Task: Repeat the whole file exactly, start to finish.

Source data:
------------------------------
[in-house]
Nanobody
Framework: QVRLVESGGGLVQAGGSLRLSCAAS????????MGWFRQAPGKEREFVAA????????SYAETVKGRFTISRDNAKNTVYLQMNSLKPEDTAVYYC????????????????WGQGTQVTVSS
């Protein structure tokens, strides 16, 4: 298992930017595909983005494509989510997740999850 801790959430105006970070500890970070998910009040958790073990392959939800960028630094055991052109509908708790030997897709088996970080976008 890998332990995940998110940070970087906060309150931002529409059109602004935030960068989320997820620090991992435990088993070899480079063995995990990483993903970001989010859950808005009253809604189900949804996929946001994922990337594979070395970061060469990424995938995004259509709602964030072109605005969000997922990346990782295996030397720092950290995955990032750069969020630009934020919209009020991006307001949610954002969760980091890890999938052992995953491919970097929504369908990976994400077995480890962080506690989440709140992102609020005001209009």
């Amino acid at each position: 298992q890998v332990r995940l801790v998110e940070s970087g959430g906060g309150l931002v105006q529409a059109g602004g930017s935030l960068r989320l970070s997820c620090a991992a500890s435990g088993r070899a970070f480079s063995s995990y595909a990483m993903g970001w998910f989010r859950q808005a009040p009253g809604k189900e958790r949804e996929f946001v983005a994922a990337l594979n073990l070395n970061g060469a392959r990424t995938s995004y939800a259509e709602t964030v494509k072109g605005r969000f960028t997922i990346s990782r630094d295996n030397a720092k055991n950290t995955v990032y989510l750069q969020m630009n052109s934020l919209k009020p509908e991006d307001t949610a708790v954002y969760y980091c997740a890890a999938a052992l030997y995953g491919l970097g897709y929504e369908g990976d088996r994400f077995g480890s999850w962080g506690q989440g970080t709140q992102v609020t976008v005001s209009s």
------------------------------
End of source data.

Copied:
[in-house]
Nanobody
Framework: QVRLVESGGGLVQAGGSLRLSCAAS????????MGWFRQAPGKEREFVAA????????SYAETVKGRFTISRDNAKNTVYLQMNSLKPEDTAVYYC????????????????WGQGTQVTVSS
């Protein structure tokens, strides 16, 4: 298992930017595909983005494509989510997740999850 801790959430105006970070500890970070998910009040958790073990392959939800960028630094055991052109509908708790030997897709088996970080976008 890998332990995940998110940070970087906060309150931002529409059109602004935030960068989320997820620090991992435990088993070899480079063995995990990483993903970001989010859950808005009253809604189900949804996929946001994922990337594979070395970061060469990424995938995004259509709602964030072109605005969000997922990346990782295996030397720092950290995955990032750069969020630009934020919209009020991006307001949610954002969760980091890890999938052992995953491919970097929504369908990976994400077995480890962080506690989440709140992102609020005001209009």
């Amino acid at each position: 298992q890998v332990r995940l801790v998110e940070s970087g959430g906060g309150l931002v105006q529409a059109g602004g930017s935030l960068r989320l970070s997820c620090a991992a500890s435990g088993r070899a970070f480079s063995s995990y595909a990483m993903g970001w998910f989010r859950q808005a009040p009253g809604k189900e958790r949804e996929f946001v983005a994922a990337l594979n073990l070395n970061g060469a392959r990424t995938s995004y939800a259509e709602t964030v494509k072109g605005r969000f960028t997922i990346s990782r630094d295996n030397a720092k055991n950290t995955v990032y989510l750069q969020m630009n052109s934020l919209k009020p509908e991006d307001t949610a708790v954002y969760y980091c997740a890890a999938a052992l030997y995953g491919l970097g897709y929504e369908g990976d088996r994400f077995g480890s999850w962080g506690q989440g970080t709140q992102v609020t976008v005001s209009s």